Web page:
ADIP-465_copy__14891_zoomTo all those who greet the headlines of innocents killed in Palestine and Christians murdered in Iraq with a collective yawn, the late Dominican philosopher Herbert McCabe has this caution:

You’re breaking the 5th commandment.

‘Thou shalt not kill.’ timothy-radcliffe

‘The rest of the ten commandments are a kind of definition of the idolatrous society out of which we are called by Yahweh. You shall not kill: the idolatrous society is the society of violence. The word used here is not quite the same as the English word ‘kill.’

Hebrew has special words which are normally used for killing in battle and for putting a man to death. It’s not these that are in question here. Nor, however, can we translate it by the word murder, for the word is used to cover accidental killing too.

The commandment ‘you shall not kill’ then says not merely that you must not actually murder, but that you must CARE that people get killed.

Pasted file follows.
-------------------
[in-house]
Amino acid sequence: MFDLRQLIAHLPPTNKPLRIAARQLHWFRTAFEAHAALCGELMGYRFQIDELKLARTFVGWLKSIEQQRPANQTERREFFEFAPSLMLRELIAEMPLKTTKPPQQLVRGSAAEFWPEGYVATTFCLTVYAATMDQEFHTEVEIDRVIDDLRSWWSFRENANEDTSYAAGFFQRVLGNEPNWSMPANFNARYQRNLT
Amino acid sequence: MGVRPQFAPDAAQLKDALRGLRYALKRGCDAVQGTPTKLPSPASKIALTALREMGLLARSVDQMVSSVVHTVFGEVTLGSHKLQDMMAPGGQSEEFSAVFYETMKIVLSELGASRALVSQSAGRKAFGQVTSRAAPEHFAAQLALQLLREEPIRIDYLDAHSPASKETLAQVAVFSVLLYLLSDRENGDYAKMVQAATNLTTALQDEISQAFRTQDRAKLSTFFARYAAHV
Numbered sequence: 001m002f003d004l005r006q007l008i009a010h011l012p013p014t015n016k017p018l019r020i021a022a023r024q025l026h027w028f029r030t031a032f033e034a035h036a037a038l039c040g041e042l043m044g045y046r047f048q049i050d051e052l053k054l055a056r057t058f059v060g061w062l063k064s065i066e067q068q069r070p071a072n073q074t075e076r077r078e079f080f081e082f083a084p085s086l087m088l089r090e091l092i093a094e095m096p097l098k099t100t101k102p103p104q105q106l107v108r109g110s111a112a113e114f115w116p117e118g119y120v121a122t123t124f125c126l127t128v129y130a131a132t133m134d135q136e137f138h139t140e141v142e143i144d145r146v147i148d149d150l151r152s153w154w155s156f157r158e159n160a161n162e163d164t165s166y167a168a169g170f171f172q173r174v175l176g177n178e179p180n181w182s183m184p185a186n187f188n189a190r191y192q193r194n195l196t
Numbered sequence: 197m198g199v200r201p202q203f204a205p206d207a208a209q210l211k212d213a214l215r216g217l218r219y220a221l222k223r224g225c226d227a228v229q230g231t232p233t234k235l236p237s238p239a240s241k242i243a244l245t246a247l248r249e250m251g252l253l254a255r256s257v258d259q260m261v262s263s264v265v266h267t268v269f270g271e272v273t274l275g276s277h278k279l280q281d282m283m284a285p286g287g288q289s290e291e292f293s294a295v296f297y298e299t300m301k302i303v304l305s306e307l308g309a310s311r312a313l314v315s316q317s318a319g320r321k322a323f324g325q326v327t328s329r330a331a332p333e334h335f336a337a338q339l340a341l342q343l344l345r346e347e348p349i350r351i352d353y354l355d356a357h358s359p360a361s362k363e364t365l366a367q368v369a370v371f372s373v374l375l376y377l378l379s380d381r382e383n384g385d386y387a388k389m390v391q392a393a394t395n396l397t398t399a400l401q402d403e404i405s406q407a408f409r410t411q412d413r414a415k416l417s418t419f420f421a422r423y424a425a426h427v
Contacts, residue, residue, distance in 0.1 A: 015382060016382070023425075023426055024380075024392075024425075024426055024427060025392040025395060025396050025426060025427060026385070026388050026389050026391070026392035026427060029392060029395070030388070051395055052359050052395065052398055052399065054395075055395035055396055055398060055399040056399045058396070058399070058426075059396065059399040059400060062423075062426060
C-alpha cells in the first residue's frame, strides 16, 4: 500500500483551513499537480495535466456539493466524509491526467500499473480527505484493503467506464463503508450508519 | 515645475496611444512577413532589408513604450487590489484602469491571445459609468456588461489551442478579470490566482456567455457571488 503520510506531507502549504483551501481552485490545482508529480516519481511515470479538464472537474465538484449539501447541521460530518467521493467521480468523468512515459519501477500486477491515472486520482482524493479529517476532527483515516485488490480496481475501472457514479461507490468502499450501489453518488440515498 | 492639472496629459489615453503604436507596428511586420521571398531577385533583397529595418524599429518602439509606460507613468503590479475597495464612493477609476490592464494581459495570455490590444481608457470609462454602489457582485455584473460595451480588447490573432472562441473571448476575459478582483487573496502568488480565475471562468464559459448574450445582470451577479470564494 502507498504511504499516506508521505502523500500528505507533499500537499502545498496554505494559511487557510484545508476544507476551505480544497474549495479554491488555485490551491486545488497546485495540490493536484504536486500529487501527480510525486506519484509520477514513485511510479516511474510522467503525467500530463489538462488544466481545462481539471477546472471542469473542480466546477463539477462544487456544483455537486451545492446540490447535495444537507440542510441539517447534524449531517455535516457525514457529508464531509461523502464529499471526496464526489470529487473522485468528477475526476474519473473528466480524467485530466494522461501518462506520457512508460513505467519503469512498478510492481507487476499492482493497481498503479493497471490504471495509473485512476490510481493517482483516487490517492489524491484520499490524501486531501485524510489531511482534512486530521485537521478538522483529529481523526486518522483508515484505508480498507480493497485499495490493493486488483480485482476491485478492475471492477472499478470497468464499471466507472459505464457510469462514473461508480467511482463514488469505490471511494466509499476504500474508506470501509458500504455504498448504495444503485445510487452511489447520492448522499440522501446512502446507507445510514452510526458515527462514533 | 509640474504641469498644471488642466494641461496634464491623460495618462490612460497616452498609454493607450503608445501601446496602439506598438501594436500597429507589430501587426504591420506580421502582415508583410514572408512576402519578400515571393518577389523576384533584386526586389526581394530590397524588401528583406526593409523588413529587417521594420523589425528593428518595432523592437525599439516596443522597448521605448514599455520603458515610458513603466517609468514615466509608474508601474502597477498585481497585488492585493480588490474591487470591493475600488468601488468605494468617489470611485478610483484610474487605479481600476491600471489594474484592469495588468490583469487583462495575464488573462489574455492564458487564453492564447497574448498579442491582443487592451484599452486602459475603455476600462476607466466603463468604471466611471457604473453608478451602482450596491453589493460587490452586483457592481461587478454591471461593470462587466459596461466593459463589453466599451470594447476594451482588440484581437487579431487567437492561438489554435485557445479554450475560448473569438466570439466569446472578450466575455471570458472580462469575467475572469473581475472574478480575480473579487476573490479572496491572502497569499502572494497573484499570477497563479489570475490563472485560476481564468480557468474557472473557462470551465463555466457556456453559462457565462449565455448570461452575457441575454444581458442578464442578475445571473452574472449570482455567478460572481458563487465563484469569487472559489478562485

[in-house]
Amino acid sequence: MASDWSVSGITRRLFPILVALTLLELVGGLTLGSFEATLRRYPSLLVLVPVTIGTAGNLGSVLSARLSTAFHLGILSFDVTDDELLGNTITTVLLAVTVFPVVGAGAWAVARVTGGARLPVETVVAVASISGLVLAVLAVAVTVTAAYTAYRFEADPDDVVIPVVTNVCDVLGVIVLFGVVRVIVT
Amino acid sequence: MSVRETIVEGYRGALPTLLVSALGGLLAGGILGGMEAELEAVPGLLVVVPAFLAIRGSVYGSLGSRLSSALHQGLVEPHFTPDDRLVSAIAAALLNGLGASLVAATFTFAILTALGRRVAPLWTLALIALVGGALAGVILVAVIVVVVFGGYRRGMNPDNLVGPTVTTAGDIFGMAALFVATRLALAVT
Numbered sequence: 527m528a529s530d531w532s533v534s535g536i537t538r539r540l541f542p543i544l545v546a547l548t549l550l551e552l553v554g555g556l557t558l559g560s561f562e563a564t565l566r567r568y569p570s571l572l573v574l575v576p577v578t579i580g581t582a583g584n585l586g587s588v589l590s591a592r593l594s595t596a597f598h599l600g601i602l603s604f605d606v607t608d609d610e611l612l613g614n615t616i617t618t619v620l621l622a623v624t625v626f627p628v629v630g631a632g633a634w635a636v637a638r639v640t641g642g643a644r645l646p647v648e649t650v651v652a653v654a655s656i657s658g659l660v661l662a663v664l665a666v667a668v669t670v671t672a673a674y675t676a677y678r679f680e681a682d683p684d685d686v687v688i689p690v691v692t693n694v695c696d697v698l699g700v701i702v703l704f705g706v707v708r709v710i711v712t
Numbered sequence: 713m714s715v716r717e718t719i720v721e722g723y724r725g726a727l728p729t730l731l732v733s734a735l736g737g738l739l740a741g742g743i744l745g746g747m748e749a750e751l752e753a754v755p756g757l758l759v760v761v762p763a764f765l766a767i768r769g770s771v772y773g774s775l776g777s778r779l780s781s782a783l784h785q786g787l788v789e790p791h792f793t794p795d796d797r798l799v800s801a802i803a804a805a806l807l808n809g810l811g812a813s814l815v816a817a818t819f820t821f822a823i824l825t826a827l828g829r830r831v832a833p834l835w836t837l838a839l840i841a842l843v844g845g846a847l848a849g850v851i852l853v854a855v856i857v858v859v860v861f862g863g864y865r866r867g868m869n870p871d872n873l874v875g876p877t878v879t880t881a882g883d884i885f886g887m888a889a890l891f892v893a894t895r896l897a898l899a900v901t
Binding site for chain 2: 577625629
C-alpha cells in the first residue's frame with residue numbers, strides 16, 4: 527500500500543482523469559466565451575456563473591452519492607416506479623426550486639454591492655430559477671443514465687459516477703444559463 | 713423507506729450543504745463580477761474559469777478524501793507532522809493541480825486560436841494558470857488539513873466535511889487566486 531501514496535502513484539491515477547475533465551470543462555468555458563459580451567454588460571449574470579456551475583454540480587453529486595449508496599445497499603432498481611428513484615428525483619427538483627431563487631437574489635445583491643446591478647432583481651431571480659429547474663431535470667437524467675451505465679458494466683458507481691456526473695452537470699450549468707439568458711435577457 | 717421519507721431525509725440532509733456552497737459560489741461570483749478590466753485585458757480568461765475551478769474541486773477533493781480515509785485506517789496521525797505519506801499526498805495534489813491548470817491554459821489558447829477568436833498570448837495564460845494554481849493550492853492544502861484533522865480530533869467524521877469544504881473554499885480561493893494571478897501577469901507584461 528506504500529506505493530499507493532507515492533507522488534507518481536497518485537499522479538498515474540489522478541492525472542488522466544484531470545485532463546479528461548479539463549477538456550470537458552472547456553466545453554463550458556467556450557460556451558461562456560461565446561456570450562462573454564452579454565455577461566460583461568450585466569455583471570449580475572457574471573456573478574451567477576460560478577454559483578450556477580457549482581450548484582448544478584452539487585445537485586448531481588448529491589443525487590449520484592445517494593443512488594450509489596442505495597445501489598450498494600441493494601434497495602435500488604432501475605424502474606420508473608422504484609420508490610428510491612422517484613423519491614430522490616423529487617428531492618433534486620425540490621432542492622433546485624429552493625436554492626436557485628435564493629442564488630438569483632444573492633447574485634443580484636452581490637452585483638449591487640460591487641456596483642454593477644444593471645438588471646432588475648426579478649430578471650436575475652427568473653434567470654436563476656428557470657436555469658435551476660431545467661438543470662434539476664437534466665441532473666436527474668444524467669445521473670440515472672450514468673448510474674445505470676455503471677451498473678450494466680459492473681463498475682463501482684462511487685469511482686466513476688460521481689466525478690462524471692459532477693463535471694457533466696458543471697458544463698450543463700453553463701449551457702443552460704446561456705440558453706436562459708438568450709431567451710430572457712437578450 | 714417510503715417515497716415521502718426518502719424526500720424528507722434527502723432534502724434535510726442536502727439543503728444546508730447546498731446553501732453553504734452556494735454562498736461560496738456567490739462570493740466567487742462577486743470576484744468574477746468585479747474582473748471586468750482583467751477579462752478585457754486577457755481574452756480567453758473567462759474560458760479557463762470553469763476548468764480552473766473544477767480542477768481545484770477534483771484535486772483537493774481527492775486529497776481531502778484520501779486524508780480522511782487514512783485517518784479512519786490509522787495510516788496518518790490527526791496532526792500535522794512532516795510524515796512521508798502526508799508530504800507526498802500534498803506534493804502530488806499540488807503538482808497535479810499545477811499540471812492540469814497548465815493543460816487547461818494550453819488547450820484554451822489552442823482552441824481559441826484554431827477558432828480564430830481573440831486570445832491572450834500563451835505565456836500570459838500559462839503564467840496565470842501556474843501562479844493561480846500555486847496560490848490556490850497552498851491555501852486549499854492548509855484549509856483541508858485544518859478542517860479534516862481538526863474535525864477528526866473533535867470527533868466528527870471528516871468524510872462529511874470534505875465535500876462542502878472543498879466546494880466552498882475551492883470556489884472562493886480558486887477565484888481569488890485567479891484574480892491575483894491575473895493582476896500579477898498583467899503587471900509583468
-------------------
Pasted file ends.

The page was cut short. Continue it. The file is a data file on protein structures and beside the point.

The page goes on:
You must not be indifferent to blood.

You must not carry on the traditional respectable life, absorbed in the worship of your gods, while throughout the world people are being killed by the horrible pain of hunger and the diseases that go with it or as the ‘collateral damage’ of war.

Rather than hanging the commandments in non-religious places for non-religious people to not comprehend them, maybe Christians should just, like, follow them.

 

That’s to say, I like the perspective the commandments offer parenting as shared by this father, a pediatrician, who posted them on Scot McKnight’s blog.